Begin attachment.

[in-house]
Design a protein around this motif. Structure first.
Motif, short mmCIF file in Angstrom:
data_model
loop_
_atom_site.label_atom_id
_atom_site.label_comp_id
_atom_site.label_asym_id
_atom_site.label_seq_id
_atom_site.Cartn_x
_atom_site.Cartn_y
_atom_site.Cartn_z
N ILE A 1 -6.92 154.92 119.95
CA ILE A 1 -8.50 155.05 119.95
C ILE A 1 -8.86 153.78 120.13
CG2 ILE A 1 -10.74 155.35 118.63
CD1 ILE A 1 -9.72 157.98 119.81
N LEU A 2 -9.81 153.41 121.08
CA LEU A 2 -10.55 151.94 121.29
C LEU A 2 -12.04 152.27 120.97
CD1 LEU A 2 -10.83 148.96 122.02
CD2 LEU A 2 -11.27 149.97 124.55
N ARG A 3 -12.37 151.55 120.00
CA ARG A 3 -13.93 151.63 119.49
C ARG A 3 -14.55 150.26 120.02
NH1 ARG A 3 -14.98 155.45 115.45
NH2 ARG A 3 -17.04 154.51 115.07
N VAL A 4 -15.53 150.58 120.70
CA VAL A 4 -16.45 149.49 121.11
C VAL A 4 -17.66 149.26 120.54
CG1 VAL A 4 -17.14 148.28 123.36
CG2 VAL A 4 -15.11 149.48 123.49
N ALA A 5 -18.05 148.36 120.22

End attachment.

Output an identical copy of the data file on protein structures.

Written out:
[in-house]
Design a protein around this motif. Structure first.
Motif, short mmCIF file in Angstrom:
data_model
loop_
_atom_site.label_atom_id
_atom_site.label_comp_id
_atom_site.label_asym_id
_atom_site.label_seq_id
_atom_site.Cartn_x
_atom_site.Cartn_y
_atom_site.Cartn_z
N ILE A 1 -6.92 154.92 119.95
CA ILE A 1 -8.50 155.05 119.95
C ILE A 1 -8.86 153.78 120.13
CG2 ILE A 1 -10.74 155.35 118.63
CD1 ILE A 1 -9.72 157.98 119.81
N LEU A 2 -9.81 153.41 121.08
CA LEU A 2 -10.55 151.94 121.29
C LEU A 2 -12.04 152.27 120.97
CD1 LEU A 2 -10.83 148.96 122.02
CD2 LEU A 2 -11.27 149.97 124.55
N ARG A 3 -12.37 151.55 120.00
CA ARG A 3 -13.93 151.63 119.49
C ARG A 3 -14.55 150.26 120.02
NH1 ARG A 3 -14.98 155.45 115.45
NH2 ARG A 3 -17.04 154.51 115.07
N VAL A 4 -15.53 150.58 120.70
CA VAL A 4 -16.45 149.49 121.11
C VAL A 4 -17.66 149.26 120.54
CG1 VAL A 4 -17.14 148.28 123.36
CG2 VAL A 4 -15.11 149.48 123.49
N ALA A 5 -18.05 148.36 120.22